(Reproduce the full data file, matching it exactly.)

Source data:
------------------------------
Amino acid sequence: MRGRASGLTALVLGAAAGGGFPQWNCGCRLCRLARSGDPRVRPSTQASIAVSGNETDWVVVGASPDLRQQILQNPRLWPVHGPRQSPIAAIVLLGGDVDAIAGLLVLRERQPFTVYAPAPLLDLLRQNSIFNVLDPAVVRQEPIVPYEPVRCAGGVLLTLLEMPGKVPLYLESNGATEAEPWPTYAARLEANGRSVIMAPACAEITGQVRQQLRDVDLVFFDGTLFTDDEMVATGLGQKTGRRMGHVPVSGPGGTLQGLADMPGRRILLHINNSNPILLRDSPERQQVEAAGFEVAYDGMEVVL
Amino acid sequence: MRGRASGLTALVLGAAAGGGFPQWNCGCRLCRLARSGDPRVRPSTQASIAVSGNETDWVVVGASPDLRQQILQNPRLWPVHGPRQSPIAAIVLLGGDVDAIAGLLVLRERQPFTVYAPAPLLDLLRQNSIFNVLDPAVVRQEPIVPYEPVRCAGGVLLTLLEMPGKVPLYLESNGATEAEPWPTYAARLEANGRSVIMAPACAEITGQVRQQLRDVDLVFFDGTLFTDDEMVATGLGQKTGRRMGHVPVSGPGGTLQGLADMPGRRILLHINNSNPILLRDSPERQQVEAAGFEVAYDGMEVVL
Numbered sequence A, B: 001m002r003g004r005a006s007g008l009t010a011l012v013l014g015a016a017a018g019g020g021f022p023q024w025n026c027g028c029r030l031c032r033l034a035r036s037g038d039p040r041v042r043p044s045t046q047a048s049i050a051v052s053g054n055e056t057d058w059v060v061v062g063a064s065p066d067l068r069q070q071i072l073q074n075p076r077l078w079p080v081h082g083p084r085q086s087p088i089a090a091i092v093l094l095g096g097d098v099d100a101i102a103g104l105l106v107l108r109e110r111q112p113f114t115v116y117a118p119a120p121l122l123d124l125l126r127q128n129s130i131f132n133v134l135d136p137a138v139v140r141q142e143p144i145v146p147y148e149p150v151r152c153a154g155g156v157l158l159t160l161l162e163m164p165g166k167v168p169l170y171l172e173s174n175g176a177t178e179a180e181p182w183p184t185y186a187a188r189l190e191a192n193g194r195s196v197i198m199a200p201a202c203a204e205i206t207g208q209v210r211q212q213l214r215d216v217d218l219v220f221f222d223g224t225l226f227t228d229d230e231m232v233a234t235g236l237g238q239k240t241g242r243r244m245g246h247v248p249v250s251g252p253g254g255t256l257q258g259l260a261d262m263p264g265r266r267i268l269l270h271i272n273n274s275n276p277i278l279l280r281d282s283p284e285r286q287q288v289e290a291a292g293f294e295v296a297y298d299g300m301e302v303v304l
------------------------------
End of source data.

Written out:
Amino acid sequence: MRGRASGLTALVLGAAAGGGFPQWNCGCRLCRLARSGDPRVRPSTQASIAVSGNETDWVVVGASPDLRQQILQNPRLWPVHGPRQSPIAAIVLLGGDVDAIAGLLVLRERQPFTVYAPAPLLDLLRQNSIFNVLDPAVVRQEPIVPYEPVRCAGGVLLTLLEMPGKVPLYLESNGATEAEPWPTYAARLEANGRSVIMAPACAEITGQVRQQLRDVDLVFFDGTLFTDDEMVATGLGQKTGRRMGHVPVSGPGGTLQGLADMPGRRILLHINNSNPILLRDSPERQQVEAAGFEVAYDGMEVVL
Amino acid sequence: MRGRASGLTALVLGAAAGGGFPQWNCGCRLCRLARSGDPRVRPSTQASIAVSGNETDWVVVGASPDLRQQILQNPRLWPVHGPRQSPIAAIVLLGGDVDAIAGLLVLRERQPFTVYAPAPLLDLLRQNSIFNVLDPAVVRQEPIVPYEPVRCAGGVLLTLLEMPGKVPLYLESNGATEAEPWPTYAARLEANGRSVIMAPACAEITGQVRQQLRDVDLVFFDGTLFTDDEMVATGLGQKTGRRMGHVPVSGPGGTLQGLADMPGRRILLHINNSNPILLRDSPERQQVEAAGFEVAYDGMEVVL
Numbered sequence A, B: 001m002r003g004r005a006s007g008l009t010a011l012v013l014g015a016a017a018g019g020g021f022p023q024w025n026c027g028c029r030l031c032r033l034a035r036s037g038d039p040r041v042r043p044s045t046q047a048s049i050a051v052s053g054n055e056t057d058w059v060v061v062g063a064s065p066d067l068r069q070q071i072l073q074n075p076r077l078w079p080v081h082g083p084r085q086s087p088i089a090a091i092v093l094l095g096g097d098v099d100a101i102a103g104l105l106v107l108r109e110r111q112p113f114t115v116y117a118p119a120p121l122l123d124l125l126r127q128n129s130i131f132n133v134l135d136p137a138v139v140r141q142e143p144i145v146p147y148e149p150v151r152c153a154g155g156v157l158l159t160l161l162e163m164p165g166k167v168p169l170y171l172e173s174n175g176a177t178e179a180e181p182w183p184t185y186a187a188r189l190e191a192n193g194r195s196v197i198m199a200p201a202c203a204e205i206t207g208q209v210r211q212q213l214r215d216v217d218l219v220f221f222d223g224t225l226f227t228d229d230e231m232v233a234t235g236l237g238q239k240t241g242r243r244m245g246h247v248p249v250s251g252p253g254g255t256l257q258g259l260a261d262m263p264g265r266r267i268l269l270h271i272n273n274s275n276p277i278l279l280r281d282s283p284e285r286q287q288v289e290a291a292g293f294e295v296a297y298d299g300m301e302v303v304l